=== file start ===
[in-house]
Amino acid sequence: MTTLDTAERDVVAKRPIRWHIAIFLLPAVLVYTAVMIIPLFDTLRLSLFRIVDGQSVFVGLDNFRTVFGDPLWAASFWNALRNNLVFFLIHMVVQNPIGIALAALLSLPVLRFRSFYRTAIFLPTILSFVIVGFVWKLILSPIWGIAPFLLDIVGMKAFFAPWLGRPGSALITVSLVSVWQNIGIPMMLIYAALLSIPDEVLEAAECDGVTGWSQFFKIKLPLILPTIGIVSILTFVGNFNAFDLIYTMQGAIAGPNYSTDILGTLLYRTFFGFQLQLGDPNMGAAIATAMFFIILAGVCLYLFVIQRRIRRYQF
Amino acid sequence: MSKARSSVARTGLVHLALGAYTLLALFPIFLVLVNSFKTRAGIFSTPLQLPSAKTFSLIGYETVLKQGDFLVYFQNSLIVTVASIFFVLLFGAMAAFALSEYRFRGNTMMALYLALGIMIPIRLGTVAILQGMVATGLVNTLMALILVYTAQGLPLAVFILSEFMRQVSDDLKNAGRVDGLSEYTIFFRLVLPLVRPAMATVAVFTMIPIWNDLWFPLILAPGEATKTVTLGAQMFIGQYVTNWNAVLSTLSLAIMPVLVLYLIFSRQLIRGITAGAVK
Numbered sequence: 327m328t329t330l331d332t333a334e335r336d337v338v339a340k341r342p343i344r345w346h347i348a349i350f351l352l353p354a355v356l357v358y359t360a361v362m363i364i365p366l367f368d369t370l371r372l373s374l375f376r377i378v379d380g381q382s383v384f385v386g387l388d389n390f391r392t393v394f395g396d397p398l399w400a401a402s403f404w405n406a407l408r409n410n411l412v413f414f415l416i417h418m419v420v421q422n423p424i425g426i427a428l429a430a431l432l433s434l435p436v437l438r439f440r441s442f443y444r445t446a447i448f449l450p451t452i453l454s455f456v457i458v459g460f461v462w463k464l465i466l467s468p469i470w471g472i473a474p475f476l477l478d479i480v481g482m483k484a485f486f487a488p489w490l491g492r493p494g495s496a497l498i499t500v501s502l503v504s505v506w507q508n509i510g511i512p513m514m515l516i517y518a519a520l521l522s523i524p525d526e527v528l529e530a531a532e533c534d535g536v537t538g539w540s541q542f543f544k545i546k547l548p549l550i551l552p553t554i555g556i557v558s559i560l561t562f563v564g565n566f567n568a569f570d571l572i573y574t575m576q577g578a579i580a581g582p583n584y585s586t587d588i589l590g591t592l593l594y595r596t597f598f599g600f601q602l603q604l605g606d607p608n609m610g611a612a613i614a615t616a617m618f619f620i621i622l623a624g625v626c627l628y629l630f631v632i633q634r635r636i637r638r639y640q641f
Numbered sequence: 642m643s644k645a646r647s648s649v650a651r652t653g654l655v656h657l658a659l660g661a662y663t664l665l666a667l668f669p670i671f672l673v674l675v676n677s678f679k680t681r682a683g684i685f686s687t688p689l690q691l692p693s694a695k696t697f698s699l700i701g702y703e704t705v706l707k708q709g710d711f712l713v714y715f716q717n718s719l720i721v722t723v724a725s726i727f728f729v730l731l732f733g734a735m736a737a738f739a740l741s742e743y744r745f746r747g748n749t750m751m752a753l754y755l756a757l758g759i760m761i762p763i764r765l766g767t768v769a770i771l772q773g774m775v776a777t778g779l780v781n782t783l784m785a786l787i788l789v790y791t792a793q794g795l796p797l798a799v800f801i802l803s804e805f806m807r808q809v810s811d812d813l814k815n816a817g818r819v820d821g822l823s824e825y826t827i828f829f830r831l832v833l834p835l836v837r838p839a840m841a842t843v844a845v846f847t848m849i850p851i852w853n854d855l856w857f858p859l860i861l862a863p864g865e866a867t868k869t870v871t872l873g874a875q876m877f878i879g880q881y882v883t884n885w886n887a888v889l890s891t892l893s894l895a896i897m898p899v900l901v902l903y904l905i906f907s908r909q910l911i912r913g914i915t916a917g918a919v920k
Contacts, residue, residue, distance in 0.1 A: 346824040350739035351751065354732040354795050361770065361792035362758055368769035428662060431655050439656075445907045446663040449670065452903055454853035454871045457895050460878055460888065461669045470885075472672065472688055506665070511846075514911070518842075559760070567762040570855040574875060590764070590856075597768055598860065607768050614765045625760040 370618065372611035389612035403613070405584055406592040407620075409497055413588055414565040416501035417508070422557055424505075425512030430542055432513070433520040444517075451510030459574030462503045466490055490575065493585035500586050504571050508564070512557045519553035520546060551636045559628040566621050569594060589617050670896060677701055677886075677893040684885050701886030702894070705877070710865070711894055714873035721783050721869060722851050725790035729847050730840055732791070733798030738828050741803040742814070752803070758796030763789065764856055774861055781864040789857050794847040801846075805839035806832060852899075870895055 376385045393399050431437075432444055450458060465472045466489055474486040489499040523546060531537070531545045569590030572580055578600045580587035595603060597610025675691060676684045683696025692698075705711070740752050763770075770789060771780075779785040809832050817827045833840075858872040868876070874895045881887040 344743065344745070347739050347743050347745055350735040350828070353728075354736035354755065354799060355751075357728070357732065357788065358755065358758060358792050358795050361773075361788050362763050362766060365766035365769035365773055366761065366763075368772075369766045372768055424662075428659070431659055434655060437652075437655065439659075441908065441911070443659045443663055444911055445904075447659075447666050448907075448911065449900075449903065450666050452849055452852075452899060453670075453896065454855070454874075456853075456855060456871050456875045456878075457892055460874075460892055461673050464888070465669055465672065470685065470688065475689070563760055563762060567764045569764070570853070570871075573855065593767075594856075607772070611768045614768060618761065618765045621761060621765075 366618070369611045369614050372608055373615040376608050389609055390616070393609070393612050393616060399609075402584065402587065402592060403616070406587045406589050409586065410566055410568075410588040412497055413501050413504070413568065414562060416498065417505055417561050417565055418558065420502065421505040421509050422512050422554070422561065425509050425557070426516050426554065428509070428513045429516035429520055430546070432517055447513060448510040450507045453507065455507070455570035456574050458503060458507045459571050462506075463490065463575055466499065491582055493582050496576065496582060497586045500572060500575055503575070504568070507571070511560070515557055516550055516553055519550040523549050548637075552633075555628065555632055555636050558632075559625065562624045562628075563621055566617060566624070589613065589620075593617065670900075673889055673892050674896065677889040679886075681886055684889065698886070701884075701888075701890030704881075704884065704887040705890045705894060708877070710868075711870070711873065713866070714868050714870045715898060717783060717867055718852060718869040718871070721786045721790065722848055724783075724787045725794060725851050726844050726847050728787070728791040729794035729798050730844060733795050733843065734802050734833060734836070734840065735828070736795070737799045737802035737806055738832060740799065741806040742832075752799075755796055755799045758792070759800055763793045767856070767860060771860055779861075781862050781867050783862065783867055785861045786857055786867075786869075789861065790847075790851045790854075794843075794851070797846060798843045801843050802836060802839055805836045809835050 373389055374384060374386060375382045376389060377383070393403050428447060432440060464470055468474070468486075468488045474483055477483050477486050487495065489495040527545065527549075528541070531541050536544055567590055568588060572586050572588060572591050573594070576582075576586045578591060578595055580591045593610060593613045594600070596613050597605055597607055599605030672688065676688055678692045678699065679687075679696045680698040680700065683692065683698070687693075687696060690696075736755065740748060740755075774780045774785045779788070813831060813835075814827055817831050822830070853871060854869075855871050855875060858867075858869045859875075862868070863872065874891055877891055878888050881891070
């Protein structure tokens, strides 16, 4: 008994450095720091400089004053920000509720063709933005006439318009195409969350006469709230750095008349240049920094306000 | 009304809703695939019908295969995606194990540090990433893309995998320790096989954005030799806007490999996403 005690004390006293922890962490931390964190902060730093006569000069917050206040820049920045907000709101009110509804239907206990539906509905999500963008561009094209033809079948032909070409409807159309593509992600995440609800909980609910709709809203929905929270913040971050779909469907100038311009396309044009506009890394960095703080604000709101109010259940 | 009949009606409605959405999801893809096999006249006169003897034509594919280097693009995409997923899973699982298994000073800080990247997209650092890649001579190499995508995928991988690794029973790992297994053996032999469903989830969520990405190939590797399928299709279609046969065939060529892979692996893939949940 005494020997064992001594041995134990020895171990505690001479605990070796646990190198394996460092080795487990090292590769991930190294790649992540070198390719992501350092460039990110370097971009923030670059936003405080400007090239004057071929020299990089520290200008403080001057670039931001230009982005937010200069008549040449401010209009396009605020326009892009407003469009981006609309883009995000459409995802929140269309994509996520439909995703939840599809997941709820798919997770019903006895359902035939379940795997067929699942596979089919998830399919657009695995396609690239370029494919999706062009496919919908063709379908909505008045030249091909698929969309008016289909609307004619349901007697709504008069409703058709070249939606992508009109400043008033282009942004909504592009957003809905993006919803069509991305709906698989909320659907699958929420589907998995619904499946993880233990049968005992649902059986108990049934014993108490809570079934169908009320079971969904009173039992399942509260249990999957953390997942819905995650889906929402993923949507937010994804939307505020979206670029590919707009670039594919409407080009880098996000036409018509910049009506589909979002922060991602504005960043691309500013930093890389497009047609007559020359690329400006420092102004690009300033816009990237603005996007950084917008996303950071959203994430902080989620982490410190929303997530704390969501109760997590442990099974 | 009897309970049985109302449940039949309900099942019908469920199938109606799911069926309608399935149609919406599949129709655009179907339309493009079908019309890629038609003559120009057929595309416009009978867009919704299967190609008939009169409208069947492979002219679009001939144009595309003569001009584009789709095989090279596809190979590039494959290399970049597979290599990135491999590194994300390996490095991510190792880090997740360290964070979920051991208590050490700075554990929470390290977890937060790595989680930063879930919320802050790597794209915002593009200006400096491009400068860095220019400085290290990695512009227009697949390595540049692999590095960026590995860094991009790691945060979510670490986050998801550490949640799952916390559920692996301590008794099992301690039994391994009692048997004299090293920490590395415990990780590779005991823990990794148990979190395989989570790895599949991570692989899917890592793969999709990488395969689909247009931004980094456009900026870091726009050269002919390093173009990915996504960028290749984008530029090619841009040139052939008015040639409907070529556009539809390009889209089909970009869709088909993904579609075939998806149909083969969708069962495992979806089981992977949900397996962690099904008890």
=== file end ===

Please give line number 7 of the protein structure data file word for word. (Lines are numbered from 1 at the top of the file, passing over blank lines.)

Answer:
């Protein structure tokens, strides 16, 4: 008994450095720091400089004053920000509720063709933005006439318009195409969350006469709230750095008349240049920094306000 | 009304809703695939019908295969995606194990540090990433893309995998320790096989954005030799806007490999996403 005690004390006293922890962490931390964190902060730093006569000069917050206040820049920045907000709101009110509804239907206990539906509905999500963008561009094209033809079948032909070409409807159309593509992600995440609800909980609910709709809203929905929270913040971050779909469907100038311009396309044009506009890394960095703080604000709101109010259940 | 009949009606409605959405999801893809096999006249006169003897034509594919280097693009995409997923899973699982298994000073800080990247997209650092890649001579190499995508995928991988690794029973790992297994053996032999469903989830969520990405190939590797399928299709279609046969065939060529892979692996893939949940 005494020997064992001594041995134990020895171990505690001479605990070796646990190198394996460092080795487990090292590769991930190294790649992540070198390719992501350092460039990110370097971009923030670059936003405080400007090239004057071929020299990089520290200008403080001057670039931001230009982005937010200069008549040449401010209009396009605020326009892009407003469009981006609309883009995000459409995802929140269309994509996520439909995703939840599809997941709820798919997770019903006895359902035939379940795997067929699942596979089919998830399919657009695995396609690239370029494919999706062009496919919908063709379908909505008045030249091909698929969309008016289909609307004619349901007697709504008069409703058709070249939606992508009109400043008033282009942004909504592009957003809905993006919803069509991305709906698989909320659907699958929420589907998995619904499946993880233990049968005992649902059986108990049934014993108490809570079934169908009320079971969904009173039992399942509260249990999957953390997942819905995650889906929402993923949507937010994804939307505020979206670029590919707009670039594919409407080009880098996000036409018509910049009506589909979002922060991602504005960043691309500013930093890389497009047609007559020359690329400006420092102004690009300033816009990237603005996007950084917008996303950071959203994430902080989620982490410190929303997530704390969501109760997590442990099974 | 009897309970049985109302449940039949309900099942019908469920199938109606799911069926309608399935149609919406599949129709655009179907339309493009079908019309890629038609003559120009057929595309416009009978867009919704299967190609008939009169409208069947492979002219679009001939144009595309003569001009584009789709095989090279596809190979590039494959290399970049597979290599990135491999590194994300390996490095991510190792880090997740360290964070979920051991208590050490700075554990929470390290977890937060790595989680930063879930919320802050790597794209915002593009200006400096491009400068860095220019400085290290990695512009227009697949390595540049692999590095960026590995860094991009790691945060979510670490986050998801550490949640799952916390559920692996301590008794099992301690039994391994009692048997004299090293920490590395415990990780590779005991823990990794148990979190395989989570790895599949991570692989899917890592793969999709990488395969689909247009931004980094456009900026870091726009050269002919390093173009990915996504960028290749984008530029090619841009040139052939008015040639409907070529556009539809390009889209089909970009869709088909993904579609075939998806149909083969969708069962495992979806089981992977949900397996962690099904008890």